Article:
BODY-05, Headlight Motor Circuit - Operation and Repair


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Introduction

The following procedure, written by Dave Simms, is based on the headlight motor circuits in 1983 and 1984 model 944s. Dave has also included information on how the motor circuits in later 944s differ from those of the early cars. However, the theory of operation and repair methods remain the same. I've added a few notes along the way and a different circuit diagram (with Dave's approval). We plan to expand this procedure down the road to describe how the entire exterior lighting circuit works in detail. But first, I have to figure out exactly how the bridge adapter in the later model 944 works. I'd like to thank Dave for his valuable contribution to Clark's Garage.

Clark Fletcher

Foreword by the Author

My 944 had been reclaimed from an insurance company following a vandalism claim. The car had gone to a yard where some parts had been sold from it. In the process, the wiring harness had been cut in the front of the car and the headlight motor had been sold. When I purchased the car, the headlight motor in it had come from another wreck and was not connected. The internal circuit under the relay block had been rewired incorrectly. Finally, the mechanical headlight linkage was binding and several of the cap screws were loose. Surprisingly, most of the car was fine.

So far, I have rebuilt all of the brake calipers, resurfaced or replaced all of the rotors, repacked the CV joints, fixed a number of electrical problems and cured some ills in the cooling system. I have learned that one of the most important things about the 944 is the assortment of clips and clamps that hold the various tubes, wires and hoses in place. When I got the car, the top rad hose was not clamped in place. One result was the circular-saw effect that had been applied by the alternator pulley to the hose. Cars that have seen work done by a number of different people may be subject to sloppiness in the area of what appears to be unimportant details. I'm resigned to the fact that, if I want a reliable car, the details must be identical to the way they were when the car left the factory.

All told, I am enjoying working through the various systems of the 944, checking and rebuilding them. The car is different and my work has been an education. I have strived to do every task, by the book. Restoring the car's performance and reliability is my aim.

David Simms, Kamloops, BC, Canada

1983-84 Porsche 944
Headlight Motor Circuit, Operation and Repair

Components

Theory of Operation

NOTE

If you've ever tried to operate raise the headlights manually, you probably found that when you reached a certain point raising the headlights that they automatically went back down. That's because the headlight concealing motor energizes to both raise and lower the headlights. As you rotate the dial on the motor, you also move the rotary switch. With the S1 switch closed, when the rotary switch contact is made, the motor energizes and returns to the closed position. If you wish to raise the headlights manually, you must remove Fuse #1 on the auxiliary fuse panel for early 944s or Fuse #2 on the main fuse panel for later model 944s. C.F.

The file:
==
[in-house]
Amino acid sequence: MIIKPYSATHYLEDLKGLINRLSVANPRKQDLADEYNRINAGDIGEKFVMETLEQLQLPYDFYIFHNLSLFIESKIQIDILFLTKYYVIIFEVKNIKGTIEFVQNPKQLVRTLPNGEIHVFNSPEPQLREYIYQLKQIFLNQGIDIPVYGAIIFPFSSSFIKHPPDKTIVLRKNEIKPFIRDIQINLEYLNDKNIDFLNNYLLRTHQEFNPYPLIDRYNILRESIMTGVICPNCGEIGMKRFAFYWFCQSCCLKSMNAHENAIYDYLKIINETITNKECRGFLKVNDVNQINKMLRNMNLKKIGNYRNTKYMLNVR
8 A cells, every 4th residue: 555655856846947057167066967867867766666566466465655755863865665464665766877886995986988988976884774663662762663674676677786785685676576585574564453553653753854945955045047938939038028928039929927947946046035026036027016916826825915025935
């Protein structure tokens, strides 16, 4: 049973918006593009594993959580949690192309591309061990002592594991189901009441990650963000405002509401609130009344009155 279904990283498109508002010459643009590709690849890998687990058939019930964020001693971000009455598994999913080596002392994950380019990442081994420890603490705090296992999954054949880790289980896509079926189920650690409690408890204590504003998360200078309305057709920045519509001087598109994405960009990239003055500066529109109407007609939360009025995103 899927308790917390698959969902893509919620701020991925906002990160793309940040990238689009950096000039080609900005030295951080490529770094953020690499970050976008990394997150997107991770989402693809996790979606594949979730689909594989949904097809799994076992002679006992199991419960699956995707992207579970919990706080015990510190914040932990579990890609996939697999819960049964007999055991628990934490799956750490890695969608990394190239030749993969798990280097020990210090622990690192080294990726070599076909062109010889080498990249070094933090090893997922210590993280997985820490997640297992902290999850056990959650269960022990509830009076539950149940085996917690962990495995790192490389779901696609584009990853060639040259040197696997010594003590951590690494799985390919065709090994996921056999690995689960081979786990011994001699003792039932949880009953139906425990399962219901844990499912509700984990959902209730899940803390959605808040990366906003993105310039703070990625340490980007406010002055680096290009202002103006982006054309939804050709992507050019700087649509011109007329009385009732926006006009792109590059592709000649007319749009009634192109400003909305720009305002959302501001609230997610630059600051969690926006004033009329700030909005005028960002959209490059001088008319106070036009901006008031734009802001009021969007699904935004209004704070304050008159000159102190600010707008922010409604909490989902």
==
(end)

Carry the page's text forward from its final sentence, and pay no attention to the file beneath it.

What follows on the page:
Notes Regarding the 1985 1/2 and more Recent Models

Similarities & Differences Between Early/Late Models:

Maintenance Suggestions

Repair Procedures

Start the car. Turn on the headlights. Unscrew the linkage from the motor shaft without turning it. Reposition the headlights manually while holding the linkage that you just removed from the motor. Reconnect the linkage to the motor shaft. Try turning the headlights on / off once more to verify the correct position. Repeat the procedure, if necessary.

Check Fuses. On the '85 1/2 and later models, the control wires are fused too. The headlight motor assembly will probably have to be removed from the car. First, disconnect the 4-pin connector to the motor. Check the voltages on the conductors.

Bench-testing the motor unit



terminals 1 & 3: To motor and Red/Blue.

terminals 2 & 5: To the relay coil, from ground and center brush on rotary switch

terminal 5: No connection.

If a brush is damaged, it can be removed by de-soldering it from the external wire. You may be able to get a replacement from an appliance repairman or to fashion one from a piece of flat brass. The amount of current flowing through these brushes is negligible if everything is working properly. Therefore, the construction of these brushes, apart from their length, is not critical.

This is probably the least likely area of failure. Remove the motor relay from the relay block by prying gently with a screwdriver. Fit a spade-type female connector to a piece of wire and insert it into the relay side of terminal 1 or 3 (whichever will connect to the green motor wire). Connect the case of the motor to the negative terminal of a battery or battery charger and the other wire to the positive terminal. If the motor does not turn, look for a poor connection, otherwise, a new motor is required.

Clark's Garage 1998